Bad News Beth Moore: America’s Most Popular Bible Teacher Makes Troubling Statement About the Gospel
The English term “evangelize” is derived from the Greek term εὐαγγελίζω. Christians use the term “evangelize” to describe the Christ-mandated action of sharing the gospel of Jesus Christ with others: His atoning death for sin, His burial, His resurrection, and His impending return. Literally, to evangelize is to share the good news. In fact, the Greek word εὐαγγέλιον, which is translated to English as “gospel” means good news. That’s what the gospel is, it’s the good news. By its nature it can’t be anything else. The effect of the gospel is broad and yet simple: the world is saved from the deleterious effects of sin. Individual believers who accept the gospel message are saved from the wrath of God. They are redeemed from their sin and proclaimed righteous in Jesus Christ. They are citizens of a heavenly kingdom and will live with their Lord in a renewed Heaven and Earth.
That renewed creation has not yet come. Until it does, the creation groans. Poverty and injustice remain ever-present in a fallen world. Thus the temptation to turn the good news of Jesus Christ into a message of social renewal in the current world remains an ever-present tool of the devil, especially as society becomes more dedicated to the unbiblcal notions of humanism, scientism, evolutionism, and cultural marxism. This perversion of the gospel is known as the “social gospel.” Unfortunately, it is getting more and more popular among professing evangelicals and their institutions. As broader evangelicalism takes a leftward turn towards advocating social justice, observers can expect to see its book-sellers and conference speakers turn with it.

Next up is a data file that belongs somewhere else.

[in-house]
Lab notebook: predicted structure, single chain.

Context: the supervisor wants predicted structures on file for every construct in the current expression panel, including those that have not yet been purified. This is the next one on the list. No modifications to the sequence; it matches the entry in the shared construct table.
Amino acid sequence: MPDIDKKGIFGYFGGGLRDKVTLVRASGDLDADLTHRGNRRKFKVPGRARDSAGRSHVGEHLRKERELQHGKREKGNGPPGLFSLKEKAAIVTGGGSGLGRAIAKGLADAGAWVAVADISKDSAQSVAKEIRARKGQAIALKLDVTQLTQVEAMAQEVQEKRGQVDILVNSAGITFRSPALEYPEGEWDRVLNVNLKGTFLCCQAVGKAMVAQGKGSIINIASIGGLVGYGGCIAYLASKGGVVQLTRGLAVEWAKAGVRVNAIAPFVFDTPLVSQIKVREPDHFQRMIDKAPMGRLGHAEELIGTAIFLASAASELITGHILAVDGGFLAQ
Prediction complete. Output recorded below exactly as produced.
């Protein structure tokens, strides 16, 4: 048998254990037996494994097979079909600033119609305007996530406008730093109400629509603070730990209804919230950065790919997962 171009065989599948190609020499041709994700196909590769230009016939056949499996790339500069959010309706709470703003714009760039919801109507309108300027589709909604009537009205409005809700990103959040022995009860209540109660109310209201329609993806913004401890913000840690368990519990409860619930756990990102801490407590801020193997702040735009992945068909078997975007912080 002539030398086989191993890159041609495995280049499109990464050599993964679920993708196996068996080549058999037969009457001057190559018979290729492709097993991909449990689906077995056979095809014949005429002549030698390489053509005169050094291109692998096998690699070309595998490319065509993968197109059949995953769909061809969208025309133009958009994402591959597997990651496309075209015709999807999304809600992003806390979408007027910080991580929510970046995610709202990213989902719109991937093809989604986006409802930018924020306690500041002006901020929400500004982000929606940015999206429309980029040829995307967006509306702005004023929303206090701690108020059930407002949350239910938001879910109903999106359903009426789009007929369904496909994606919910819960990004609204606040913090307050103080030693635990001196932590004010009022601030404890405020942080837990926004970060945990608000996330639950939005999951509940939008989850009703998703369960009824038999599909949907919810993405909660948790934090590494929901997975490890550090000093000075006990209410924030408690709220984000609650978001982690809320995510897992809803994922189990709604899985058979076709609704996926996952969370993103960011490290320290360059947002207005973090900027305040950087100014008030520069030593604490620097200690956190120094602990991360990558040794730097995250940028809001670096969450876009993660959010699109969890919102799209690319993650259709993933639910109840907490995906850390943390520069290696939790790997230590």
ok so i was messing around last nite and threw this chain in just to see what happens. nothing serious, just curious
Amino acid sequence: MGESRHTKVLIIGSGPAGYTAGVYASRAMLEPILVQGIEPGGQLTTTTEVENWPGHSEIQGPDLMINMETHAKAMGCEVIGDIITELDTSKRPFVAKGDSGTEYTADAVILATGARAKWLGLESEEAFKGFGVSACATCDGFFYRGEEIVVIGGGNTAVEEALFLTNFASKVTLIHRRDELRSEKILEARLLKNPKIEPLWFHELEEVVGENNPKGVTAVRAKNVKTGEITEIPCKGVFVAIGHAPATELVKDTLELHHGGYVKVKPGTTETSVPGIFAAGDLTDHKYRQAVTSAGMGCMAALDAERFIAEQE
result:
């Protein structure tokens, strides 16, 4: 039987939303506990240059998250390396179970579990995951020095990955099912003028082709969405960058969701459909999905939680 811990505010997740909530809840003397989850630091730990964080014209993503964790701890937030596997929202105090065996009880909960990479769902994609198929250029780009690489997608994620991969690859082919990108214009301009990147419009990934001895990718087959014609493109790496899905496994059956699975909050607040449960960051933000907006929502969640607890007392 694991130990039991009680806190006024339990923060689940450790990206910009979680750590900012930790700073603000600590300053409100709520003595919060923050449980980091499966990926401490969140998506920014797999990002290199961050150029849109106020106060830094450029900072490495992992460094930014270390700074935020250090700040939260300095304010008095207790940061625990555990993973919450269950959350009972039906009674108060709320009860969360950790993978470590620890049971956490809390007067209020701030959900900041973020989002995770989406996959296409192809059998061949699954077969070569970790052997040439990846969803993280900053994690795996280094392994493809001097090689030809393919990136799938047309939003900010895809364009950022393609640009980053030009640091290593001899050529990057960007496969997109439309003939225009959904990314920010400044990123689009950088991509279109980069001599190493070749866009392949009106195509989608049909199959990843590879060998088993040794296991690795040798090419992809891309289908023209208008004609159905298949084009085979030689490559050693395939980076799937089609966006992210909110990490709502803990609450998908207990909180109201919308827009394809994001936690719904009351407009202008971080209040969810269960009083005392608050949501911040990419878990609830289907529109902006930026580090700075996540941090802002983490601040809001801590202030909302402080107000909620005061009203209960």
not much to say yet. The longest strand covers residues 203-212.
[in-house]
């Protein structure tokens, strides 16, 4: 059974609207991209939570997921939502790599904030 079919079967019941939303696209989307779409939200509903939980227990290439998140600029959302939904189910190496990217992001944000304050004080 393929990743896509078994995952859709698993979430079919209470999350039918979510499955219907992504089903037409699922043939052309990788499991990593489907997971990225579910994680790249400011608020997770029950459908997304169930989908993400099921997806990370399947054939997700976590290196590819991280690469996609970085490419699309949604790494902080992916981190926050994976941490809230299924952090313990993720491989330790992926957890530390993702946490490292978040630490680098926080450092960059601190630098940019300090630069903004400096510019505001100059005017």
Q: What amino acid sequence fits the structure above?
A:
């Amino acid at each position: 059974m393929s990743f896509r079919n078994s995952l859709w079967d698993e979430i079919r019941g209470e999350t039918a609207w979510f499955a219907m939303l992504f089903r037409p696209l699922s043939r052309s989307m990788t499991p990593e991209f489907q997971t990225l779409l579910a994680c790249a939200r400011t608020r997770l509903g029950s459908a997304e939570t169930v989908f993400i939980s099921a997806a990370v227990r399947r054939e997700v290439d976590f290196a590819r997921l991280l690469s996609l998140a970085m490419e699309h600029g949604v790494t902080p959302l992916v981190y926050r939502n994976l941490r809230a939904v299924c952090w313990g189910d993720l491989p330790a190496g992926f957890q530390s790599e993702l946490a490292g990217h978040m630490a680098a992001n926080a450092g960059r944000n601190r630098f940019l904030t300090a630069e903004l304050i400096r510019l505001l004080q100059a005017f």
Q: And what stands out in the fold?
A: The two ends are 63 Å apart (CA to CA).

America’s most popular Bible teacher, Beth Moore, may have just veered in that leftward direction:
When the gospel has become bad news to the poor, to the oppressed, to the broken-hearted and imprisoned and good news to the proud, self-righteous and privileged instead, it is no longer the gospel of our Lord Jesus Christ.
— Beth Moore (@BethMooreLPM) December 9, 2018
Beth Moore’s exasperating comment carries with it a heavy “social gospel” undertone. The irony of her statement is that she has long made a living partnering with those who pervert the gospel in an entirely different direction. Beth Moore has long been a friend to Joel Osteen, Joyce Meyer, Christine Caine and others who preach that Jesus came and died to make people rich. Now, the well heeled Moore, seems to be preaching against privilege.
Pastors and the husbands of Beth Moore’s legions of fans would do well to refamiliarize themselves with the words the Lord Jesus Christ read from the scriptures when he proclaimed his Messianic anointing to his hometown synagogue:
“The Spirit of the Lord is upon Me,
Because He anointed Me to preach the gospel to the poor.
He has sent Me to proclaim release to the captives,
And recovery of sight to the blind,
To set free those who are oppressed,
To proclaim the favorable year of the Lord.”
Jesus came neither to make individuals materially wealthy (the prosperity gospel) nor to evenly distribute the wealth of earthly societies (the social gospel). Jesus came to save us from our sins. The further we get away from that, (the true gospel) the further we get away from His Father.
*Please note that the preceding is my personal opinion. It is not necessarily the opinion of any entity by which I am employed, any church at which I am a member, any church which I attend, or the educational institution at which I am enrolled. Any copyrighted material displayed or referenced is done under the doctrine of fair use.
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